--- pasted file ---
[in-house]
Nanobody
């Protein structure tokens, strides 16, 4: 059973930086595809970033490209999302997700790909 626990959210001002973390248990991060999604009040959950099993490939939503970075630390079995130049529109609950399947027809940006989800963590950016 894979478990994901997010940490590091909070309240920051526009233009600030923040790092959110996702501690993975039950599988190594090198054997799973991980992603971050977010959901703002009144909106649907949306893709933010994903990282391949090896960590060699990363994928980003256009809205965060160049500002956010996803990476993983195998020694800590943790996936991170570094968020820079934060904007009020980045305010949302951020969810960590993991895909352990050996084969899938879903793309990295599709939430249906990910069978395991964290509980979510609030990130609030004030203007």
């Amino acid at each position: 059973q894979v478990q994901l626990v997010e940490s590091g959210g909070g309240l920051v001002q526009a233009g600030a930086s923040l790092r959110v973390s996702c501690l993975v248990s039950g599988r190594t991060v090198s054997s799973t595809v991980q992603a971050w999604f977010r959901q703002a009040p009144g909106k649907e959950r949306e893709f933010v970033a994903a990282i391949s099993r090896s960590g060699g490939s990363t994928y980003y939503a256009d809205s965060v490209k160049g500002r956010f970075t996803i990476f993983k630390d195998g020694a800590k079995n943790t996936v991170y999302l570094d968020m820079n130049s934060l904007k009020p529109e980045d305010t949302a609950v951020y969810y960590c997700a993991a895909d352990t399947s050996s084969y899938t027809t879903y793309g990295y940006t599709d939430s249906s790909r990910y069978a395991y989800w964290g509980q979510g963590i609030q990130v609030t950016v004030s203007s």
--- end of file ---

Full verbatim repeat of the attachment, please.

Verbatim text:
[in-house]
Nanobody
């Protein structure tokens, strides 16, 4: 059973930086595809970033490209999302997700790909 626990959210001002973390248990991060999604009040959950099993490939939503970075630390079995130049529109609950399947027809940006989800963590950016 894979478990994901997010940490590091909070309240920051526009233009600030923040790092959110996702501690993975039950599988190594090198054997799973991980992603971050977010959901703002009144909106649907949306893709933010994903990282391949090896960590060699990363994928980003256009809205965060160049500002956010996803990476993983195998020694800590943790996936991170570094968020820079934060904007009020980045305010949302951020969810960590993991895909352990050996084969899938879903793309990295599709939430249906990910069978395991964290509980979510609030990130609030004030203007």
């Amino acid at each position: 059973q894979v478990q994901l626990v997010e940490s590091g959210g909070g309240l920051v001002q526009a233009g600030a930086s923040l790092r959110v973390s996702c501690l993975v248990s039950g599988r190594t991060v090198s054997s799973t595809v991980q992603a971050w999604f977010r959901q703002a009040p009144g909106k649907e959950r949306e893709f933010v970033a994903a990282i391949s099993r090896s960590g060699g490939s990363t994928y980003y939503a256009d809205s965060v490209k160049g500002r956010f970075t996803i990476f993983k630390d195998g020694a800590k079995n943790t996936v991170y999302l570094d968020m820079n130049s934060l904007k009020p529109e980045d305010t949302a609950v951020y969810y960590c997700a993991a895909d352990t399947s050996s084969y899938t027809t879903y793309g990295y940006t599709d939430s249906s790909r990910y069978a395991y989800w964290g509980q979510g963590i609030q990130v609030t950016v004030s203007s």